According to various sources, the Mets are interested in adding Randy Wolf to their 2009 starting rotation.
To me, that’s a nice idea — IF the plan is to make him the #5 starter. His lefthandedness is a big advantage in the NL East, and his veteran status suggests that he’s unlikely to crap the bed. He’s a tough competitor and a battler, which will endear him to New York fans. Finally, he is a complete pitcher — meaning, he does everything from field his position to keeping runners close to placing bunts.
However, if signing Randy Wolf is an alternative to acquiring a #3-type starter — i.e., Derek Lowe, Oliver Perez — then I’m not sure what the Mets’ brass is thinking. Besides not being a middle-rotation guy anymore, Wolf’s injury history is unsettling. He’s suffered both elbow and shoulder injuries during his career, and though he managed 190 IP last season, there’s no guarantee he won’t miss 80 games like he did in 2007.
Unfortunately, this is not the Randy Wolf in his mid-twenties — a young kid with a sharp breaking ball, 90+ heater, and a potential all-star. Rather, this is the Randy Wolf approaching his mid-thirties, age and injuries having robbed speed from his fastball and causing him to hang on to his career by thread. At his absolute best, he might give the Mets a season similar to Steve Trachsel’s days in Flushing — 30 starts, .500 record, somewhere between 160-190 innings. That’s a solid fifth starter, not a #3 on a championship ballclub.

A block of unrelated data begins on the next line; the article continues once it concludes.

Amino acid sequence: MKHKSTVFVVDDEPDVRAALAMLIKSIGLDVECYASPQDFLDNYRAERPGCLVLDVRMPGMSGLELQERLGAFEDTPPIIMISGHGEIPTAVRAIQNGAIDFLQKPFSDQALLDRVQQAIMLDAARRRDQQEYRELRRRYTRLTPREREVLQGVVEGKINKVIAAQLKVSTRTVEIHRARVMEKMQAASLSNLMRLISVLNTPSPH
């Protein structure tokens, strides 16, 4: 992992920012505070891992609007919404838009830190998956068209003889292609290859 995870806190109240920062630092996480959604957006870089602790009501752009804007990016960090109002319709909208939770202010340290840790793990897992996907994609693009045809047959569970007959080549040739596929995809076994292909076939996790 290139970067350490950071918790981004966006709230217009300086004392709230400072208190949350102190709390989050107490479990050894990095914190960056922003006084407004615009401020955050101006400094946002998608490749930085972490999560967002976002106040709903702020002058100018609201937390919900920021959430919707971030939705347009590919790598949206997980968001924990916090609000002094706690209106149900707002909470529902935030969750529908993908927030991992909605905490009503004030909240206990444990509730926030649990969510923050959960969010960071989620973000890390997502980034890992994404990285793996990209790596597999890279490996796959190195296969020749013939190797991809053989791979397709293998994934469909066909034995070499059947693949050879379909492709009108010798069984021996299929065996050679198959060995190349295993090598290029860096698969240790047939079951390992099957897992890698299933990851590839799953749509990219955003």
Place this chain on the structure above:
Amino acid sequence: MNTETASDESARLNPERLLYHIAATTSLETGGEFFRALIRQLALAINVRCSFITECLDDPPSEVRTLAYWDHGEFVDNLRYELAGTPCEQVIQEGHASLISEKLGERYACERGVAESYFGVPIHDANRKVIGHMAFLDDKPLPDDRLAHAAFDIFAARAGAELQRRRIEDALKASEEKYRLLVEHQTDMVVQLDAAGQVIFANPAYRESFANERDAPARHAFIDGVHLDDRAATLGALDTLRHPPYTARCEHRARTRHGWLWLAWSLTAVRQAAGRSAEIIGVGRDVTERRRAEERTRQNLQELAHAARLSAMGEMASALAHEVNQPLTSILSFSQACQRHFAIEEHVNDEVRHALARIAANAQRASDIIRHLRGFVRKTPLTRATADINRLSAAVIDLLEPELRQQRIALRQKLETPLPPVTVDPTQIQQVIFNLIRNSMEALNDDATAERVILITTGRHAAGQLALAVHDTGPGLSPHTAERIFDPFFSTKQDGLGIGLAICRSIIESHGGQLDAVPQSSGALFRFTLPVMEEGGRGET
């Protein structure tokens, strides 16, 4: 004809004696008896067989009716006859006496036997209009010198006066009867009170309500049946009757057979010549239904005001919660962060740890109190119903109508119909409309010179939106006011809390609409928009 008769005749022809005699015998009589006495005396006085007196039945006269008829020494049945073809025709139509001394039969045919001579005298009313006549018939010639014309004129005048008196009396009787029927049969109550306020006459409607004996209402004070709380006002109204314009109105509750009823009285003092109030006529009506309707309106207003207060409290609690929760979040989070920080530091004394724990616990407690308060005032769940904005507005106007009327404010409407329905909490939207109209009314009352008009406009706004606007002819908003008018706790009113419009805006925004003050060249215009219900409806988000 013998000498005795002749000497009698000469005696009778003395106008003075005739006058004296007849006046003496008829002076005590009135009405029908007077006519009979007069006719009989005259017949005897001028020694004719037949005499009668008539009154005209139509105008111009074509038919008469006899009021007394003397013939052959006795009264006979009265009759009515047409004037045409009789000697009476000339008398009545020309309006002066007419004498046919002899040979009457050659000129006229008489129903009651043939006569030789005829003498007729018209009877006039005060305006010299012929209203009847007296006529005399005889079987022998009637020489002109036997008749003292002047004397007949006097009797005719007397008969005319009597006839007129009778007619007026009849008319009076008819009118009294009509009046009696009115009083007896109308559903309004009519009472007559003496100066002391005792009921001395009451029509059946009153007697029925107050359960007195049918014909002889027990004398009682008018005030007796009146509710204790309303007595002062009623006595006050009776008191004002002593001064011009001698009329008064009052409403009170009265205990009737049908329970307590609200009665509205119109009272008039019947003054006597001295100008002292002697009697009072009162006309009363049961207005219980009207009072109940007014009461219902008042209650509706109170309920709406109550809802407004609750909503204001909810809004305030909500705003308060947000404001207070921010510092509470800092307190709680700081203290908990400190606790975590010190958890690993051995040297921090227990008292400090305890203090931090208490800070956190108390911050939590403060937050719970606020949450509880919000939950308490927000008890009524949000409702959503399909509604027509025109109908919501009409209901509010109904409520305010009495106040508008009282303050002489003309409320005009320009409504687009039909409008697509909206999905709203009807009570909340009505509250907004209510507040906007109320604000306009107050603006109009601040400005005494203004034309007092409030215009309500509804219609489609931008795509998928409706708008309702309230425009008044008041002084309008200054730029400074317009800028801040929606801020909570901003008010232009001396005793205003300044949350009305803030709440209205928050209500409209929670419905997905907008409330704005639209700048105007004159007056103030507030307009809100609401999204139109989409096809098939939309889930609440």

About the Author
Joe Janish began MetsToday in 2005 to provide the unique perspective of a high-level player and coach -- he earned NCAA D-1 All-American honors as a catcher and coached several players who went on to play pro ball. As a result his posts often include mechanical evaluations, scout-like analysis, and opinions that go beyond the numbers.